Mark "Hog Wild" Elms, a true-blue Prudhomme fan right down to his “Snake” tattoos, had the Army Monza No. 1, voting for performance and dominance over all else. “Who ran the first six? Goldstein and the Ramchargers," he explained. "Who ran the first five? Don Prudhomme in the Army Monza. Who ran the first four? Chuck Etchells in Topeka. Too bad Etchells' car wasn't picked in the top 20. Gene Snow dominated ‘70 in the NHRA and the AHRA and was world champion in both. No young voters would know that. Ed McCulloch dominated, first with the Whipple & McCulloch Duster and ‘Cuda and then in '72 with the Revellution Dart. The Ramchargers and Chi-Town Hustler cars were awesome tickets. The Setzer Vega was another short-lived but awesome performer. I believe sincerely that the Blue Max Mustang with Richard Tharp or one of Raymond Beadle's Arrows would have been better picks over the Mustang II.
“Force, ‘Jungle Jim,’ and a pretty car named War Eagle. I never met ’Jungle’ but have met Force and Pulde. Heck, I saw Pulde fight on the starting line at the March Meet. Seen [Tom] McEwen win the March Meet. Wanna talk pretty cars? Tom Hoover's 1973 Satellite, his first Showtime car, was gorgeous. Force gained my respect when he admitted a couple years ago on the air that he changed his burnout and staging routine. He was really ticked off at himself, said that you never, ever change your routine. ‘Jungle Jim’ fans are like a cult. I am sure he was awesome, but he won a national event in '75 and in '76 won the March Meet in his Monza. So as far as I can tell, the War Eagle will be third, and then it will be between Force and ‘Jungle Jim.’ “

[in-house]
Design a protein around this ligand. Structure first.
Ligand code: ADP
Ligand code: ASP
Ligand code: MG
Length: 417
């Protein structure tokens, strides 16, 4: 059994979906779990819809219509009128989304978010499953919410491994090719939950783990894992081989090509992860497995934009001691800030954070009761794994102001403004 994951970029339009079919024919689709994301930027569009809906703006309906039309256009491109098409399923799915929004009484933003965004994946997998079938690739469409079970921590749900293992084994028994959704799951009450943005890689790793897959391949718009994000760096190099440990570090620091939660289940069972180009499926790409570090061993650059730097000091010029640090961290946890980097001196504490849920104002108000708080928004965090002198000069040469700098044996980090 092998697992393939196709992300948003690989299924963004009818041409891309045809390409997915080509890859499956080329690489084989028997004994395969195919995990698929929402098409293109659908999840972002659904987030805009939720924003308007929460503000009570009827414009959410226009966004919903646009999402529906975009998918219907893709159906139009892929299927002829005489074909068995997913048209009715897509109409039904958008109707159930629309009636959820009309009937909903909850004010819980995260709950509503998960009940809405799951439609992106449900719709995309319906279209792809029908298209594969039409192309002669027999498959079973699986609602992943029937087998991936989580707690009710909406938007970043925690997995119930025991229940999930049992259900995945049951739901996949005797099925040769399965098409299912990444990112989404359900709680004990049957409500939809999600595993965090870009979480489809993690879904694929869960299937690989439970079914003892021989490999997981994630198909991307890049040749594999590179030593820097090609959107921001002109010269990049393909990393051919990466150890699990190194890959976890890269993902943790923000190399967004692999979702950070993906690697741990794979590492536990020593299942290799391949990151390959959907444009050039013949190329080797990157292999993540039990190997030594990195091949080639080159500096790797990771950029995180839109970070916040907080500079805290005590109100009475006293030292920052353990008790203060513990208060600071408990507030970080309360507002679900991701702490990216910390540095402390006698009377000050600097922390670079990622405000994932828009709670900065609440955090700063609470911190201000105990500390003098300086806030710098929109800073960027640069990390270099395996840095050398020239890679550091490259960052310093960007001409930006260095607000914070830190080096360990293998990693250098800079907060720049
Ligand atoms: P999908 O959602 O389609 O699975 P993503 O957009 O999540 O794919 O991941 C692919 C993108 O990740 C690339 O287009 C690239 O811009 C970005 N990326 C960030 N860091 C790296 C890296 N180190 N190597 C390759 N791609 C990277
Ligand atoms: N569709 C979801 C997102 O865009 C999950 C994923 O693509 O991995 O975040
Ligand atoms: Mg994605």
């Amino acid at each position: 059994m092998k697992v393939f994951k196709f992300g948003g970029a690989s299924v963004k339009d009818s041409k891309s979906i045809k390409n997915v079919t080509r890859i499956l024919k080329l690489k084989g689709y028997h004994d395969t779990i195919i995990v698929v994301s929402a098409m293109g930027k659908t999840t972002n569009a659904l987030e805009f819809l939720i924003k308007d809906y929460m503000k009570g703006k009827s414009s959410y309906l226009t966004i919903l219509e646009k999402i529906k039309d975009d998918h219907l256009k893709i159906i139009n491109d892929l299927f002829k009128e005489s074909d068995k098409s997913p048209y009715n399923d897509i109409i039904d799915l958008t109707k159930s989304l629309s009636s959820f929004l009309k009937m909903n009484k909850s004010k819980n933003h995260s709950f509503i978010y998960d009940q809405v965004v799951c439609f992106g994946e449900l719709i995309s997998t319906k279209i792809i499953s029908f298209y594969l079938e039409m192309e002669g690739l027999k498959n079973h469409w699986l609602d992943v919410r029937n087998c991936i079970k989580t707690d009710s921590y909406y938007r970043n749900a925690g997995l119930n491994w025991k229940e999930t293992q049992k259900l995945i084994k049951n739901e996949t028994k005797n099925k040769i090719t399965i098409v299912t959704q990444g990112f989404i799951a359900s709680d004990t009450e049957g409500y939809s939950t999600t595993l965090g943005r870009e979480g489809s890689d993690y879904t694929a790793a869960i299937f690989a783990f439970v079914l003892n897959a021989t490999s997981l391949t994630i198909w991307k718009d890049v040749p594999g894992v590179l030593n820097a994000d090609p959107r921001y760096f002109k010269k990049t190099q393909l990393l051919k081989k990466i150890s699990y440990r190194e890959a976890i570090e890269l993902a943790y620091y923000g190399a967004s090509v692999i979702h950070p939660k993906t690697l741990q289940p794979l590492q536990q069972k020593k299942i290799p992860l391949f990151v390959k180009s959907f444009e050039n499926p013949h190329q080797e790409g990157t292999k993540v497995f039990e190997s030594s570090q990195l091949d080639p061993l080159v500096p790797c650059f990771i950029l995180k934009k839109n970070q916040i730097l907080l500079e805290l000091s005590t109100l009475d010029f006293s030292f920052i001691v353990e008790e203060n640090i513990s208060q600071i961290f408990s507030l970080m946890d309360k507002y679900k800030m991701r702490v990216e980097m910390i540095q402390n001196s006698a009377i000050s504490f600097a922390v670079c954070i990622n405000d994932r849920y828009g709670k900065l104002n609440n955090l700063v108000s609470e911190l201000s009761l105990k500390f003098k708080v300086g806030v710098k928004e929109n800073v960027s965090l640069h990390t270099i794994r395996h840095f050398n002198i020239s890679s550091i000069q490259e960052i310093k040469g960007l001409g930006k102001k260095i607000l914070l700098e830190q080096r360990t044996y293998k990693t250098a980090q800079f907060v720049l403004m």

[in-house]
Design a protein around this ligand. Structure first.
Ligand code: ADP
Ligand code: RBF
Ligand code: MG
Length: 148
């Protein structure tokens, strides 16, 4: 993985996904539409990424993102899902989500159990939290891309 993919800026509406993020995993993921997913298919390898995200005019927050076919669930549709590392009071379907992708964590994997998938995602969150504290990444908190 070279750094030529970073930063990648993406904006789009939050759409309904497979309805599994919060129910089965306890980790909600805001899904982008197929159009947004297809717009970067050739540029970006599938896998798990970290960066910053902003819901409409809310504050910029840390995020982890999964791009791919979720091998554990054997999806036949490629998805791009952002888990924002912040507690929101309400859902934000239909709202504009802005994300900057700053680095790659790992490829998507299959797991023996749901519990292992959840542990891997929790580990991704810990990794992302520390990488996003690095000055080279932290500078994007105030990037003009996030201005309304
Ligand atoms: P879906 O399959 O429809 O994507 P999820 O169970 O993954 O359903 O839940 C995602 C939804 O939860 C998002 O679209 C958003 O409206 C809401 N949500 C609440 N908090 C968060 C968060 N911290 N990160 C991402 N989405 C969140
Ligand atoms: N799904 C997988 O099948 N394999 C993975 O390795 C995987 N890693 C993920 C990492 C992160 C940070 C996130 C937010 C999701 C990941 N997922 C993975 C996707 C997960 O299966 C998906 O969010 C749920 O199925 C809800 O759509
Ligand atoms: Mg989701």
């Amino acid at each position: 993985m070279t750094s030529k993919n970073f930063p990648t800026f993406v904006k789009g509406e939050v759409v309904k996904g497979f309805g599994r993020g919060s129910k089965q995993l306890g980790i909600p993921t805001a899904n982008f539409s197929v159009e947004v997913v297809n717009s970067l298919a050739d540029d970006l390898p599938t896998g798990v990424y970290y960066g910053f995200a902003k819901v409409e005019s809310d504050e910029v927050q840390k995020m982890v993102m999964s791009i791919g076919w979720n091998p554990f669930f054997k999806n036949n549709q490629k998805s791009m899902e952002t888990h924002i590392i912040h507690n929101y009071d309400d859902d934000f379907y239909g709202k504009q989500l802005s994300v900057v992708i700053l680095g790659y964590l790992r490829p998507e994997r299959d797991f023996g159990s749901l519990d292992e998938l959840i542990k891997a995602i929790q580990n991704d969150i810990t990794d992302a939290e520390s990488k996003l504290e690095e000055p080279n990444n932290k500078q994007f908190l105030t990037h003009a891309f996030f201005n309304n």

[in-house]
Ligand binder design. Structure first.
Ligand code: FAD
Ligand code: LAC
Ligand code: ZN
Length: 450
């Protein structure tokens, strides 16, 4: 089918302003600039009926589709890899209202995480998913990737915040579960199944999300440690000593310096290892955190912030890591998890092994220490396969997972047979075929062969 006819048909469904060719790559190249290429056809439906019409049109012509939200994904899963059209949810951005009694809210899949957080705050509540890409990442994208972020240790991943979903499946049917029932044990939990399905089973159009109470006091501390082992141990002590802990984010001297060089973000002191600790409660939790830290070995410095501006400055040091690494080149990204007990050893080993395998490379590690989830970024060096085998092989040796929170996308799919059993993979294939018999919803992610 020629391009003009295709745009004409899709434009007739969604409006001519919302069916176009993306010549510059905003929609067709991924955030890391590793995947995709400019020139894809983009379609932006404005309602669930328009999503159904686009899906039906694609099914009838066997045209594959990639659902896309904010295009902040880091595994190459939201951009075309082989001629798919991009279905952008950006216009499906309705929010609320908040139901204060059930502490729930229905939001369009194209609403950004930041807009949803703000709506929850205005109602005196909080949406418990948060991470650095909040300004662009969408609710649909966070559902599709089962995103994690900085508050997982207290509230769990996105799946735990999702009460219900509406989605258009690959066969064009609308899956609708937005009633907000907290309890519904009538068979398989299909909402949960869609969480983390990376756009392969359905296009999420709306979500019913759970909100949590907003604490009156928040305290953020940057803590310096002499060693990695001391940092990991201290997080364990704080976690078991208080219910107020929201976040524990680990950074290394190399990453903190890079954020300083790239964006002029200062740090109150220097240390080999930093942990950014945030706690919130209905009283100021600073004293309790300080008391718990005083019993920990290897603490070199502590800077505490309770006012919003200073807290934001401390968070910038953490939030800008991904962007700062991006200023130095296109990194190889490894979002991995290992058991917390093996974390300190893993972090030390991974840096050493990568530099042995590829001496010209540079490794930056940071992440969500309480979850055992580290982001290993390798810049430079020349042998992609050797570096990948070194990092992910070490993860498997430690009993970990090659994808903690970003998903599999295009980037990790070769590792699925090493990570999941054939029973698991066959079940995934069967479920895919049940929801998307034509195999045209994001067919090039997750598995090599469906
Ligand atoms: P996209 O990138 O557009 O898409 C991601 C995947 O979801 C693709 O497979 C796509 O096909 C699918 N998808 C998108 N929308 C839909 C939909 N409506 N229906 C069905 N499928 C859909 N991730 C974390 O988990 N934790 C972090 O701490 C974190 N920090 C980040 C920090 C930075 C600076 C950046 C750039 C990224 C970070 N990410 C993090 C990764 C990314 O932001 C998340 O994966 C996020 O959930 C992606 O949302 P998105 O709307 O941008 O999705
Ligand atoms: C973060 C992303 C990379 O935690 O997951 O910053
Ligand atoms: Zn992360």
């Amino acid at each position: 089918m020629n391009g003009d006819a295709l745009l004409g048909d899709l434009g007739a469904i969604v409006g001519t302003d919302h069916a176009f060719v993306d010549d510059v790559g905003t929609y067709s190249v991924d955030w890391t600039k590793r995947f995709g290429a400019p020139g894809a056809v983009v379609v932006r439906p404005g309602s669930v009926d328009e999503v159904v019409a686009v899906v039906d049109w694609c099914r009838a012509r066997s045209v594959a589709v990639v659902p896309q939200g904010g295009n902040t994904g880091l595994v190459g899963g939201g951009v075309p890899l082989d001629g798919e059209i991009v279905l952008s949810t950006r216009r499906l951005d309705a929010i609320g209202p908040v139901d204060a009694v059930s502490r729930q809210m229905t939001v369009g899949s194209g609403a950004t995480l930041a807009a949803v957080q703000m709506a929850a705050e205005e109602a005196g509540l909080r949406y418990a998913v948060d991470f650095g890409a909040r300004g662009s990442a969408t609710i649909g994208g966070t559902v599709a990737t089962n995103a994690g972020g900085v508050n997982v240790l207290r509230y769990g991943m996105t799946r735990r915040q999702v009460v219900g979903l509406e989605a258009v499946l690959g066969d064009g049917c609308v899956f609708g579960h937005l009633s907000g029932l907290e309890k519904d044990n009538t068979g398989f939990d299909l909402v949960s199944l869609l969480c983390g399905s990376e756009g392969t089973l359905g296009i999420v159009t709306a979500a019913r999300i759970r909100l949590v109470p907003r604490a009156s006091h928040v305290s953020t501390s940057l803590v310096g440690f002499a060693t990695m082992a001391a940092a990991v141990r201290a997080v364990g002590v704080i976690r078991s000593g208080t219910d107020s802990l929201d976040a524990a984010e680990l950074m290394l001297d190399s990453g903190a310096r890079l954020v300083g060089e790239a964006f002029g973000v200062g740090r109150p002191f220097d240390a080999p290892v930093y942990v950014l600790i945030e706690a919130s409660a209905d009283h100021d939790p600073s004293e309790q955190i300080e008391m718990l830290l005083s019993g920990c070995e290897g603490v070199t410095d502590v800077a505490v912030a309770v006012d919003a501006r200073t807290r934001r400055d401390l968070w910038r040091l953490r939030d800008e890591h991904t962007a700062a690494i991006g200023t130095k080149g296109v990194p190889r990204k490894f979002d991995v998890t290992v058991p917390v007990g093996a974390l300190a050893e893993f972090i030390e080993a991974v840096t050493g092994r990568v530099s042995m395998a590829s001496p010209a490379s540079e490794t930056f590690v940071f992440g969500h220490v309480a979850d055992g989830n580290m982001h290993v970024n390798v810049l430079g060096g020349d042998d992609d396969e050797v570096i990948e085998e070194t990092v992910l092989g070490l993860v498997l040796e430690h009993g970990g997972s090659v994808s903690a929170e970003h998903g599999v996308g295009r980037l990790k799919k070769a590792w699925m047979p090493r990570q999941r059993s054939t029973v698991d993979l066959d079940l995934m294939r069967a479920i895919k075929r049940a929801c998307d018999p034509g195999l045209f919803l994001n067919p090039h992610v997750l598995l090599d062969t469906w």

Will John Force tower above the pack? Or will Pulde or "Jungle" swing in for the win?